Recent News in Cancer Research, 2017

 ⁃ Computer model says leading cause of cancer is due to random mutations of the DNA in cells.

During March, three scientists at John’s Hopkins research labs have released results of their mathematical model based cancer study that was published in the journal Science, concluded that the chance of getting cancer is mostly caused by random mutations of DNA. 

The top line numbers boil down to this: random mutations in DNA:66%, preventable cancers with environmental causes: 29%, genetically or heredity based cancers 5%. The scientists also said that it’s important to understand that at least three random mutations in the DNA are needed before any cancer tumor can be formed. This cancer study is a follow on study of a that occurred two years ago which was met with much controversy because of its broad scope. This current study is beginning to generate controversy as well, as scientist lineup on either side of the discussions. It’s interesting to note that the network news shows on TV did not mention the study at all.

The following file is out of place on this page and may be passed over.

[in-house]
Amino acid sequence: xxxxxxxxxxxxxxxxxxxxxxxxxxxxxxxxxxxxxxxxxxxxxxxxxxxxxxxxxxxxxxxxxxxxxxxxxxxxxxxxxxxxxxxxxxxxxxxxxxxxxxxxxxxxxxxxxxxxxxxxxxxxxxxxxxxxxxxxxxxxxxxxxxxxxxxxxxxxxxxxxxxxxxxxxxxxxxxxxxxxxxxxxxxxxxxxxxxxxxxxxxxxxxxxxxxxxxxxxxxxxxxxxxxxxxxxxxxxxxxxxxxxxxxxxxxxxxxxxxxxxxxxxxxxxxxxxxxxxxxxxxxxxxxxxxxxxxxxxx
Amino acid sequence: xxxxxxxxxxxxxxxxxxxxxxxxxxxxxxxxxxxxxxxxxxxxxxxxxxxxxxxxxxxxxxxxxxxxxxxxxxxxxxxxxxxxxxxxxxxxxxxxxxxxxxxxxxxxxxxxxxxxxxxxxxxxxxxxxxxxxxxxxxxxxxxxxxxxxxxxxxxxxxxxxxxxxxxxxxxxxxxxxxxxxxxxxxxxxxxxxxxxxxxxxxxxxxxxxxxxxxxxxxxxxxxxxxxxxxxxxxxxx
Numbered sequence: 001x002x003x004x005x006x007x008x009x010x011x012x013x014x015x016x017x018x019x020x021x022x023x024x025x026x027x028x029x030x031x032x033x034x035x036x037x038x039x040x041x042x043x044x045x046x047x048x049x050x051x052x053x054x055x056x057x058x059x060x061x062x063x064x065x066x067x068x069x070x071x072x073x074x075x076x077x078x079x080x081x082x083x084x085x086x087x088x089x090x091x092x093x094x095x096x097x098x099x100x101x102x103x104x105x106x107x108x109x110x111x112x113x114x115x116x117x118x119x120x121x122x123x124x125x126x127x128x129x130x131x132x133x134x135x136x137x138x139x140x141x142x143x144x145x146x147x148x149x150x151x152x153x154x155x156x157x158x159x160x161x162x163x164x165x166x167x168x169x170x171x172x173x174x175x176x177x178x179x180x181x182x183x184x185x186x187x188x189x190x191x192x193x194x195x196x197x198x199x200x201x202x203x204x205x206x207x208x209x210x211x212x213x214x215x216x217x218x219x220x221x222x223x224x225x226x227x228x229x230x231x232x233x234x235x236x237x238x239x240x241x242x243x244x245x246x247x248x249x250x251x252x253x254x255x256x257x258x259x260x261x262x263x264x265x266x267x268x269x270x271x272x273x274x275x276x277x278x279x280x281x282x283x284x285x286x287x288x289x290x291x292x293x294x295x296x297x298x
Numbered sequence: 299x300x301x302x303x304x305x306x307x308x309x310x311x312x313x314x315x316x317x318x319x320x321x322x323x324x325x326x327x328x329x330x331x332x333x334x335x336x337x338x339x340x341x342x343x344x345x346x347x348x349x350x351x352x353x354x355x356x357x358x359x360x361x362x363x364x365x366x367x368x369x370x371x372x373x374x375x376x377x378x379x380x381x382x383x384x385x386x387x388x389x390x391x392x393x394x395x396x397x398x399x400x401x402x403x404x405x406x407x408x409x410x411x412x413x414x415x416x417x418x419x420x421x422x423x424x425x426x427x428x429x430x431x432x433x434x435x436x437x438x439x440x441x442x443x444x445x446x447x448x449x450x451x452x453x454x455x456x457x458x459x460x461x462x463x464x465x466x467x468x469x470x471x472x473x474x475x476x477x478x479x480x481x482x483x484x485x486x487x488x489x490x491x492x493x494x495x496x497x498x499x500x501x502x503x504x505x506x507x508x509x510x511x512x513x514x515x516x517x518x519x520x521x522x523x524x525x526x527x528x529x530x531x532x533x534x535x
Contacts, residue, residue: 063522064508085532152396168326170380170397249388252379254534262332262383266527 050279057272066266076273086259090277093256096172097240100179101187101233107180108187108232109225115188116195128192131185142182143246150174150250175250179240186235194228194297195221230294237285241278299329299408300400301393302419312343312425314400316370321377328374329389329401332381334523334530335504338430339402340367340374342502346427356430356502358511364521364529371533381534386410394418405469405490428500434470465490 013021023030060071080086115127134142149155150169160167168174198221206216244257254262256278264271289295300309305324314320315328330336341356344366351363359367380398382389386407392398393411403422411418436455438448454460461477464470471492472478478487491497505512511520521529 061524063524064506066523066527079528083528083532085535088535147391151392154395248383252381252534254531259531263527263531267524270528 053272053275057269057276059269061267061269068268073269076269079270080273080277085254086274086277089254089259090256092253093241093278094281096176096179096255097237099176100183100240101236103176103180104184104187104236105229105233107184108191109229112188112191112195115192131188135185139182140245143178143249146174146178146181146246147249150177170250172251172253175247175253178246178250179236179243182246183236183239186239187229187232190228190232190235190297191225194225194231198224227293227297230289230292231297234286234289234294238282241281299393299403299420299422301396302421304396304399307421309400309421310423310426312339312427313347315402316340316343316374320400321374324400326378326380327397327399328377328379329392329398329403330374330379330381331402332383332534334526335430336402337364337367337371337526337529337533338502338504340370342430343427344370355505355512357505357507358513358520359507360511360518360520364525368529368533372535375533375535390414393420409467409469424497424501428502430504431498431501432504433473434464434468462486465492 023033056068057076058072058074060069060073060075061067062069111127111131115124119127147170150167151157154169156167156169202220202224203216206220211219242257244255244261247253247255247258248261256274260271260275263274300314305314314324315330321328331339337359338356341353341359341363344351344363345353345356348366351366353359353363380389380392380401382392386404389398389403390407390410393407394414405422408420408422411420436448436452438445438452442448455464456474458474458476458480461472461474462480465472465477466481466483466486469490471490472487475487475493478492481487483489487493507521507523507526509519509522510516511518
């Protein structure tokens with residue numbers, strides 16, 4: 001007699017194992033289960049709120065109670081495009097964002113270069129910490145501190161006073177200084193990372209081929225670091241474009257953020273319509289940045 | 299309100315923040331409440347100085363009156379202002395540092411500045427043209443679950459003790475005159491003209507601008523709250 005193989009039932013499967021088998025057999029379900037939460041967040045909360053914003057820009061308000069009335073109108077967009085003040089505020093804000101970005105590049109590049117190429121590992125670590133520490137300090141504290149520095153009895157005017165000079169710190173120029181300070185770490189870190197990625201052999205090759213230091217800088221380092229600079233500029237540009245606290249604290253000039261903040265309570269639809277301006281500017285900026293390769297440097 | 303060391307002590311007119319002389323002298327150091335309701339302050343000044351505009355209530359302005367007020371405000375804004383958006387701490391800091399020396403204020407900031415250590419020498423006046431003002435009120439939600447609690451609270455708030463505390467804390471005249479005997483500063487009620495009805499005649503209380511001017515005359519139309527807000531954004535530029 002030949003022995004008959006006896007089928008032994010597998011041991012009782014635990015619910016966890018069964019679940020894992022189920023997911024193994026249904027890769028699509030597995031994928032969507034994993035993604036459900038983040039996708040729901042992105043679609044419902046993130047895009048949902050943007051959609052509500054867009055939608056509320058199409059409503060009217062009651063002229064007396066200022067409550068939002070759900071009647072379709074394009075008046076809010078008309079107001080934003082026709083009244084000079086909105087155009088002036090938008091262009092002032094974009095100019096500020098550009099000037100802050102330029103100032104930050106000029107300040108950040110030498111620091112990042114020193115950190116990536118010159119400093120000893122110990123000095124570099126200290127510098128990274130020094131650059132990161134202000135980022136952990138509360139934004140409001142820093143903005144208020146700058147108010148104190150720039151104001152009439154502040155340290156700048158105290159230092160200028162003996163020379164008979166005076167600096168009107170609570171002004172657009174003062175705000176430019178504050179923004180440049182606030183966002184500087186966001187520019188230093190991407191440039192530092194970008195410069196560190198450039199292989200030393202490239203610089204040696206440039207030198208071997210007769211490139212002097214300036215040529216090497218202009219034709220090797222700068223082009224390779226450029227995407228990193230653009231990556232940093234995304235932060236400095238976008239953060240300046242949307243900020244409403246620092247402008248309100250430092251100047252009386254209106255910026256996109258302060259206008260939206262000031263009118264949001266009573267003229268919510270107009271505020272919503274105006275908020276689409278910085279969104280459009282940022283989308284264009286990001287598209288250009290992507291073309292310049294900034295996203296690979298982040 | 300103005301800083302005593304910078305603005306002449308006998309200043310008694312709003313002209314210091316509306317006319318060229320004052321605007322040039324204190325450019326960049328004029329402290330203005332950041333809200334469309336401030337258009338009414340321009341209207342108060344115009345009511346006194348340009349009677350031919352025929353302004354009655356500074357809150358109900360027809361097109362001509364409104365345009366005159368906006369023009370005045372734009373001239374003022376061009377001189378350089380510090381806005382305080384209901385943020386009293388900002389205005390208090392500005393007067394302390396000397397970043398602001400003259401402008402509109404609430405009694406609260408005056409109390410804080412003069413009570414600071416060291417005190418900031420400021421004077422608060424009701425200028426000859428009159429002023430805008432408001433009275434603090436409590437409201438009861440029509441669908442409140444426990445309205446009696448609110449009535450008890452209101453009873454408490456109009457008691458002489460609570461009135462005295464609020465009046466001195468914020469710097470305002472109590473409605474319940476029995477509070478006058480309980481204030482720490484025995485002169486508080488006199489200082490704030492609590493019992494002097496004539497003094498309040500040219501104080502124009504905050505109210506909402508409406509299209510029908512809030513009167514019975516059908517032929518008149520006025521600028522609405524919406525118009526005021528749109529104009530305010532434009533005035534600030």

⁃ Today the FDA fast tracked a cancer immunotherapy to fight a rare form of blood cancer called advanced lymphoma.